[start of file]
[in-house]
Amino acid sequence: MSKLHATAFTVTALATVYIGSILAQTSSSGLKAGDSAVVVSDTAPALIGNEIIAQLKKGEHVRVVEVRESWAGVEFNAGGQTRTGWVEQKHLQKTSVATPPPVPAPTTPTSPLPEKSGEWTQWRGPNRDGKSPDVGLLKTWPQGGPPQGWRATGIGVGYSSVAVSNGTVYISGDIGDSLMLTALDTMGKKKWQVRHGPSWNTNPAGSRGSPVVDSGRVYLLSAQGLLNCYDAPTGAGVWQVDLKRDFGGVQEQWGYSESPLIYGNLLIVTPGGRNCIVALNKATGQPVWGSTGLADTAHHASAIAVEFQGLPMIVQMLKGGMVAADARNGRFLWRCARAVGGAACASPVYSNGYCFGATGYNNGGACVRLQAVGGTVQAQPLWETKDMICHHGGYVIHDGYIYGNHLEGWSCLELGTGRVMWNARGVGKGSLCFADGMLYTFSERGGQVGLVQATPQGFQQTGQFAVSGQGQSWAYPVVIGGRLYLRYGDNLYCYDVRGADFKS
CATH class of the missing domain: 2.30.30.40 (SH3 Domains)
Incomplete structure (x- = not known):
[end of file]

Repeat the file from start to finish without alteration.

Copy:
[in-house]
Amino acid sequence: MSKLHATAFTVTALATVYIGSILAQTSSSGLKAGDSAVVVSDTAPALIGNEIIAQLKKGEHVRVVEVRESWAGVEFNAGGQTRTGWVEQKHLQKTSVATPPPVPAPTTPTSPLPEKSGEWTQWRGPNRDGKSPDVGLLKTWPQGGPPQGWRATGIGVGYSSVAVSNGTVYISGDIGDSLMLTALDTMGKKKWQVRHGPSWNTNPAGSRGSPVVDSGRVYLLSAQGLLNCYDAPTGAGVWQVDLKRDFGGVQEQWGYSESPLIYGNLLIVTPGGRNCIVALNKATGQPVWGSTGLADTAHHASAIAVEFQGLPMIVQMLKGGMVAADARNGRFLWRCARAVGGAACASPVYSNGYCFGATGYNNGGACVRLQAVGGTVQAQPLWETKDMICHHGGYVIHDGYIYGNHLEGWSCLELGTGRVMWNARGVGKGSLCFADGMLYTFSERGGQVGLVQATPQGFQQTGQFAVSGQGQSWAYPVVIGGRLYLRYGDNLYCYDVRGADFKS
CATH class of the missing domain: 2.30.30.40 (SH3 Domains)
Incomplete structure (x- = not known):